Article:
His work with it’s ornamental emphasis has been linked to the Art Nouveau movement but this view is subjective; Blossfeldt is not considered as being part of that art movement yet is linked to the New Objectivism of which he is considered an unwitting part. Fertility symbolism might be considered as descriptive of his work yet sensuousness is not emphasised, his approach being more manufactured. The black and white emphasises different aspects of the objects such as curves and texture; there is a lack of translucence, a result perhaps of the limitations of the medium at that time. Heraldic is another term that might be applied to Blossfeldt’s work – some of his images remind one of carvings seen in churches.

The German character is in evidence – serious, sober, analytical. One recalls the work of contemporaries to Blossfeldt such as Maholy-Nagy and Renger-Patzch, as well as August Sander whose work is also based largely on straightforward observation; there is the later work by the Bechers who have photographed old industrial buildings such as water towers often with similar flat lighting that helps to bring out detail.

It is an exhaustive discussion and finishes some 3 hours after the start of our visit; many seem inspired and I know I want to explore this kind of work a little more.

My own work around Blossfeldt’s approach can be found in my other blog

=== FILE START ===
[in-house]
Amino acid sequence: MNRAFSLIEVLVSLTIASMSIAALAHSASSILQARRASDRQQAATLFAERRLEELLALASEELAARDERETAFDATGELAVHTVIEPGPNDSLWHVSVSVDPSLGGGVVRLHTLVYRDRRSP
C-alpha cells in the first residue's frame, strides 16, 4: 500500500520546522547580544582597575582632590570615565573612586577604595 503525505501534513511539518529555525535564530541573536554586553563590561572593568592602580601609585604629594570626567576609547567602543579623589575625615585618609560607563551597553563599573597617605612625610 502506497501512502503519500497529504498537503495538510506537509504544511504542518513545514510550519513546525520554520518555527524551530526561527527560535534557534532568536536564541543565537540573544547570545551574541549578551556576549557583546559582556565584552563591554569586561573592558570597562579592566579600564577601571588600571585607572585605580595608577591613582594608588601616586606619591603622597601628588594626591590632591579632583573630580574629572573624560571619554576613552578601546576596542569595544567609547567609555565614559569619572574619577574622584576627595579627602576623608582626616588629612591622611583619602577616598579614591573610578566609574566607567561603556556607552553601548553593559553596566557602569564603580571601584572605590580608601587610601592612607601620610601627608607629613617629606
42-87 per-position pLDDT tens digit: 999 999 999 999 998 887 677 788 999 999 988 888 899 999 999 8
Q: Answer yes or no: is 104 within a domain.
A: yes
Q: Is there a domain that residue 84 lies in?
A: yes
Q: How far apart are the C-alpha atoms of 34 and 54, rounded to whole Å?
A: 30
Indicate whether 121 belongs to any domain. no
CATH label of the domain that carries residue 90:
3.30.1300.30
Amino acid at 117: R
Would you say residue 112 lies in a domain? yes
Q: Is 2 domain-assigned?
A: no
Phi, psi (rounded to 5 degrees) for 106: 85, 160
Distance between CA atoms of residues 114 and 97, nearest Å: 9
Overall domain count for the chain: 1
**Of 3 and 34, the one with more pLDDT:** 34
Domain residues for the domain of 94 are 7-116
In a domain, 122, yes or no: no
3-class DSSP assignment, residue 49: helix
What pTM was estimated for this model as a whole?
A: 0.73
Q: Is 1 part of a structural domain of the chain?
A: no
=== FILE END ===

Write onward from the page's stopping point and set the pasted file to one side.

Other students have also blogged about this event!

Here is Helen’s account … (she is the third from right in the group photo)

“Great tour yesterday at the Whitechapel Gallery. Thanks so much to Rob Bloomfield and Robert Enoch for their thought-provoking and enthusiastic guidance, and to all the students who participated. It was most enjoyable and I learned a lot. For anyone still unsure about attending one of these events: I cannot recommend it highly enough – it will really bring your studies to life and you’ll meet some lovely people, without being under any pressure to actively contribute.

Here is my write-up for anyone interested:

All comments welcome.”

This one is from Miriam … (includes her own Backgarden Blossfeldts”!)


Another good one is from OCA student Nigel Robertson …


As I reread this blog years later, I am working on an image that seems to fit the subject and so include it here …


from a series of “nature” images made in the wild using natural light


7 thoughts on “Karl Blossfeldt – an early approach to nature photography

  1. Pingback: Review: Karl Blossfeldt | Lucy's OCA Learning Log

  2. Pingback: Up For A Lark - WeAreOCA